A Year After Catastrophic Flooding, Bridgestone Arena Is Back
Recovery was accomplished without the cancellation of a single event
Thanksgiving 2022 was anything but a day of thanks for the Bridgestone Arena, home to the NHL Nashville Predators. In the early-morning hours, a water main broke, pouring an estimated 2 million-plus gallons of water into the production and event levels of the downtown venue, inundating the broadcast-control room and TOC spaces, and damaging and, in some cases, ruining broadcast and live AV systems and equipment. Water sat 3 ft. deep in some spots and caused some melt damage to the hockey ice.
Twelve months later, the venue — which Pollstar describes as the busiest arena in the world — and its staff are finally through the long recovery, which they accomplished without missing a single game or other event.
“My Chief Engineer Stephen Hart was on his way in when [the water main] broke,” Jacob Lutz, director, technical operations, Nashville Predators, said at the time of the flood. “He called me to say we had 3-6 ft. of standing water in the control room and operations center. I knew we were in trouble.”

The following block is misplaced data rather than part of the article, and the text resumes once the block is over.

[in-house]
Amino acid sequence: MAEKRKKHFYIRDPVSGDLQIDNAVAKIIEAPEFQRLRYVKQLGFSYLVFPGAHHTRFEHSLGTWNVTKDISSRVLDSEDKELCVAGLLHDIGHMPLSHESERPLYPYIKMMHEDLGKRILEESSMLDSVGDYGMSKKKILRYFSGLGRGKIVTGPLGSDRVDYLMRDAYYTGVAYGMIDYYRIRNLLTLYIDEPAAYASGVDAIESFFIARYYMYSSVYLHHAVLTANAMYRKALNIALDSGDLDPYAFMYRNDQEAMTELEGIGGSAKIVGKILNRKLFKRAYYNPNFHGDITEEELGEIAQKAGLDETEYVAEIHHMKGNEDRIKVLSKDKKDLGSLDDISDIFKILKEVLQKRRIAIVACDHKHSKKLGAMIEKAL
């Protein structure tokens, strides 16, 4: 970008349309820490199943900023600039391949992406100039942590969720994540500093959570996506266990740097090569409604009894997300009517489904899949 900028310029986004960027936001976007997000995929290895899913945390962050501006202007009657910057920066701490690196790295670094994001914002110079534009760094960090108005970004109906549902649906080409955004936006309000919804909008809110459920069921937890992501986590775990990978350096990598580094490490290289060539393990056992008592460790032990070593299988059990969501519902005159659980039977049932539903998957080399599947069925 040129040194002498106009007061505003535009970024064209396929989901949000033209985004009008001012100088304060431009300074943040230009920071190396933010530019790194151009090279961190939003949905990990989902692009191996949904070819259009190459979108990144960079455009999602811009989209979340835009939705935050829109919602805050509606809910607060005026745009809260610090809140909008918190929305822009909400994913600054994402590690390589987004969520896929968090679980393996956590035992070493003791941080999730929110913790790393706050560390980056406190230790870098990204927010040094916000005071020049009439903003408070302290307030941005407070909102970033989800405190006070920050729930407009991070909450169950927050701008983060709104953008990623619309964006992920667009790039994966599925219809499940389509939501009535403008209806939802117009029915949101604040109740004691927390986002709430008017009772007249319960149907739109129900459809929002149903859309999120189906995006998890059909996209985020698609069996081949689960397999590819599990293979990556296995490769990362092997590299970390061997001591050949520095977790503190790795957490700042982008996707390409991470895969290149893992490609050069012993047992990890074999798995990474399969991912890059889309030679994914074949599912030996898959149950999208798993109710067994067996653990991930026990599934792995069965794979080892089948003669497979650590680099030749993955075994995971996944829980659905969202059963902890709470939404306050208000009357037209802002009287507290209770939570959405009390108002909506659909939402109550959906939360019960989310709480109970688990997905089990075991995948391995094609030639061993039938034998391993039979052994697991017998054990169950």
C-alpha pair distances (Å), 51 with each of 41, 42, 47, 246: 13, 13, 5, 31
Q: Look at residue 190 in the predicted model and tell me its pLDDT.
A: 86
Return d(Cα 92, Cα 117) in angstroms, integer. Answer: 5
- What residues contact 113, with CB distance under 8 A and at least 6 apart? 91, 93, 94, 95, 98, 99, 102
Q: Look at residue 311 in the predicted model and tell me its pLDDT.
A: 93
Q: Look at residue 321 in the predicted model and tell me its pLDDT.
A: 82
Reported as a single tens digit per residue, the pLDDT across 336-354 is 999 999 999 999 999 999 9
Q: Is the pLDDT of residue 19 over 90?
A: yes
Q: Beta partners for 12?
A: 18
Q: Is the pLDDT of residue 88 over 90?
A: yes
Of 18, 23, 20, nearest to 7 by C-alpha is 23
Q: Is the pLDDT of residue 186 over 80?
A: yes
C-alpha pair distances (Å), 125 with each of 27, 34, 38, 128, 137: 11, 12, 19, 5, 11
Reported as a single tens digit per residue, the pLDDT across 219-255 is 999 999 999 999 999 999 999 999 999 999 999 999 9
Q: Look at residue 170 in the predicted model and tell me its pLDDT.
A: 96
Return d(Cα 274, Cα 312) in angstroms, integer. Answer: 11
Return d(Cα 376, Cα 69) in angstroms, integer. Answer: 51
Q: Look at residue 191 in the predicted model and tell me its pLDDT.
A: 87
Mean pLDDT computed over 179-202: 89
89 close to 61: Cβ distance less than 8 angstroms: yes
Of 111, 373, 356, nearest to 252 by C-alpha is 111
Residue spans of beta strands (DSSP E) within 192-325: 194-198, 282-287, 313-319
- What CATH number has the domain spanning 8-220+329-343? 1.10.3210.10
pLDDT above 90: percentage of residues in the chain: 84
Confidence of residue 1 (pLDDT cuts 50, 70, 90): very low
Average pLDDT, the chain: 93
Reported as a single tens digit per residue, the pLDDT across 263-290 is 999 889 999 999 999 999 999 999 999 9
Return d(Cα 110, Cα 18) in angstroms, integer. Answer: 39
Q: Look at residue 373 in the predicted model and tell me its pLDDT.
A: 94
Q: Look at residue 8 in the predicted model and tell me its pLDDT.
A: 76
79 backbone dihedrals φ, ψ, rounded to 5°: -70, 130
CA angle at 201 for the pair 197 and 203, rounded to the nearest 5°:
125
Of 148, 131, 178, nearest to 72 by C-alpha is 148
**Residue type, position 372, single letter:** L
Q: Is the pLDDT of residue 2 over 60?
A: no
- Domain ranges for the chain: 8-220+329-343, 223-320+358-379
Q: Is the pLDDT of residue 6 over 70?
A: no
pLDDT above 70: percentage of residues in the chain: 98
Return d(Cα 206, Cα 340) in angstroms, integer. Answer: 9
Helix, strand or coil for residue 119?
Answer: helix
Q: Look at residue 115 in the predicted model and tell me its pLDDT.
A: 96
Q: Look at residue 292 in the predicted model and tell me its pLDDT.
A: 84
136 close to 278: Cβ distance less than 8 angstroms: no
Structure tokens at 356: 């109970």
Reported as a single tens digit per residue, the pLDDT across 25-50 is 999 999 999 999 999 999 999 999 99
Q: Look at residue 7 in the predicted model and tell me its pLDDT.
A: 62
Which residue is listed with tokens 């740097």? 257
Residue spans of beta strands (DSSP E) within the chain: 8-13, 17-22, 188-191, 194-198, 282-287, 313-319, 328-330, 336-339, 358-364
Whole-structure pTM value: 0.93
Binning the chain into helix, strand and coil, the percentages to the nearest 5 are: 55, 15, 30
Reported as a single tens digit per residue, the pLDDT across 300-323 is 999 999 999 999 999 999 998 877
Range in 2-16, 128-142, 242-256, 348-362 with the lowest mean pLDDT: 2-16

Today he says, “Since then, we did an NHL draft, the NHL Awards, a Monster Jam, and an SEC tournament, and we won the NHL Stanley Cup for game presentation of the year. It’s because of the people,” he explains. “The equipment makes your life easier, but the dedication of our people is the reason we won and still did all that and, frankly, the reason the NHL still trusted us to host these marquee events and do these great things.”
Suppliers Help Out
Immediately after the flood, the Bridgestone turned to its vendors: notably Evertz, Ross, integration/design-consulting partner Anthony James Partners (AJP), CTI, LMG/TNDV, and Lyon Video. A quickly updated iteration of the Lyon-17 mobile unit became the venue’s production lifeboat, cabled to a quickly constructed temporary TOC. All the games and events, and more, were managed from the makeshift pop-up shop.